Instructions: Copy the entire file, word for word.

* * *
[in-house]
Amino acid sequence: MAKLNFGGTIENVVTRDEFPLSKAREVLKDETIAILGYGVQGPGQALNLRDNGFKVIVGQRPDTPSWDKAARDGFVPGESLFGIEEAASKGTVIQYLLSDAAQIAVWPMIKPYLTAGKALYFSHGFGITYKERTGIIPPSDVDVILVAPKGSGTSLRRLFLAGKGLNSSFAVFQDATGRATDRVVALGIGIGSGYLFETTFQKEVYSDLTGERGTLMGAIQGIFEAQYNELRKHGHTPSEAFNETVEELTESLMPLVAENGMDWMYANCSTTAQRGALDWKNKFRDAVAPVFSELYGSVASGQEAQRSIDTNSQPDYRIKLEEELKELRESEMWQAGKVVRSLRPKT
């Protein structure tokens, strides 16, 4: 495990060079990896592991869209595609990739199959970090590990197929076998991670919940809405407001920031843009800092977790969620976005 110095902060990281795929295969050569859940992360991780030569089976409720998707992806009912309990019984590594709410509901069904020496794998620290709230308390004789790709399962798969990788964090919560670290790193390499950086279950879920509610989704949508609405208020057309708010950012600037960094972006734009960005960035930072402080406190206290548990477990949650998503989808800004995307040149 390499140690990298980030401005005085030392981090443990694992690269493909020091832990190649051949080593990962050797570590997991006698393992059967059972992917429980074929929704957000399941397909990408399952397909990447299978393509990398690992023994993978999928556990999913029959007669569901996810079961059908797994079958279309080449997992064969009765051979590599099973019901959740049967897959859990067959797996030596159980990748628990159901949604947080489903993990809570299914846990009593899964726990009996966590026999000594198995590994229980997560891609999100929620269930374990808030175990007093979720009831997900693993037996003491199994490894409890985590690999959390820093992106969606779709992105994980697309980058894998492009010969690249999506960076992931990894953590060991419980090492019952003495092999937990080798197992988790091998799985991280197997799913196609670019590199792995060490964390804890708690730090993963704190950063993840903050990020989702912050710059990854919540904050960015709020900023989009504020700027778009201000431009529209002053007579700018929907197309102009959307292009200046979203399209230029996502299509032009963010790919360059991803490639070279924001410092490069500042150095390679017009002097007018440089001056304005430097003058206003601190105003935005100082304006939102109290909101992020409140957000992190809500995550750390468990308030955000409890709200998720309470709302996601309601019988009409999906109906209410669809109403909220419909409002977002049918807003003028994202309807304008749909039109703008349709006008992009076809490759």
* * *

[in-house]
Amino acid sequence: MAKLNFGGTIENVVTRDEFPLSKAREVLKDETIAILGYGVQGPGQALNLRDNGFKVIVGQRPDTPSWDKAARDGFVPGESLFGIEEAASKGTVIQYLLSDAAQIAVWPMIKPYLTAGKALYFSHGFGITYKERTGIIPPSDVDVILVAPKGSGTSLRRLFLAGKGLNSSFAVFQDATGRATDRVVALGIGIGSGYLFETTFQKEVYSDLTGERGTLMGAIQGIFEAQYNELRKHGHTPSEAFNETVEELTESLMPLVAENGMDWMYANCSTTAQRGALDWKNKFRDAVAPVFSELYGSVASGQEAQRSIDTNSQPDYRIKLEEELKELRESEMWQAGKVVRSLRPKT
């Protein structure tokens, strides 16, 4: 495990060079990896592991869209595609990739199959970090590990197929076998991670919940809405407001920031843009800092977790969620976005 110095902060990281795929295969050569859940992360991780030569089976409720998707992806009912309990019984590594709410509901069904020496794998620290709230308390004789790709399962798969990788964090919560670290790193390499950086279950879920509610989704949508609405208020057309708010950012600037960094972006734009960005960035930072402080406190206290548990477990949650998503989808800004995307040149 390499140690990298980030401005005085030392981090443990694992690269493909020091832990190649051949080593990962050797570590997991006698393992059967059972992917429980074929929704957000399941397909990408399952397909990447299978393509990398690992023994993978999928556990999913029959007669569901996810079961059908797994079958279309080449997992064969009765051979590599099973019901959740049967897959859990067959797996030596159980990748628990159901949604947080489903993990809570299914846990009593899964726990009996966590026999000594198995590994229980997560891609999100929620269930374990808030175990007093979720009831997900693993037996003491199994490894409890985590690999959390820093992106969606779709992105994980697309980058894998492009010969690249999506960076992931990894953590060991419980090492019952003495092999937990080798197992988790091998799985991280197997799913196609670019590199792995060490964390804890708690730090993963704190950063993840903050990020989702912050710059990854919540904050960015709020900023989009504020700027778009201000431009529209002053007579700018929907197309102009959307292009200046979203399209230029996502299509032009963010790919360059991803490639070279924001410092490069500042150095390679017009002097007018440089001056304005430097003058206003601190105003935005100082304006939102109290909101992020409140957000992190809500995550750390468990308030955000409890709200998720309470709302996601309601019988009409999906109906209410669809109403909220419909409002977002049918807003003028994202309807304008749909039109703008349709006008992009076809490759």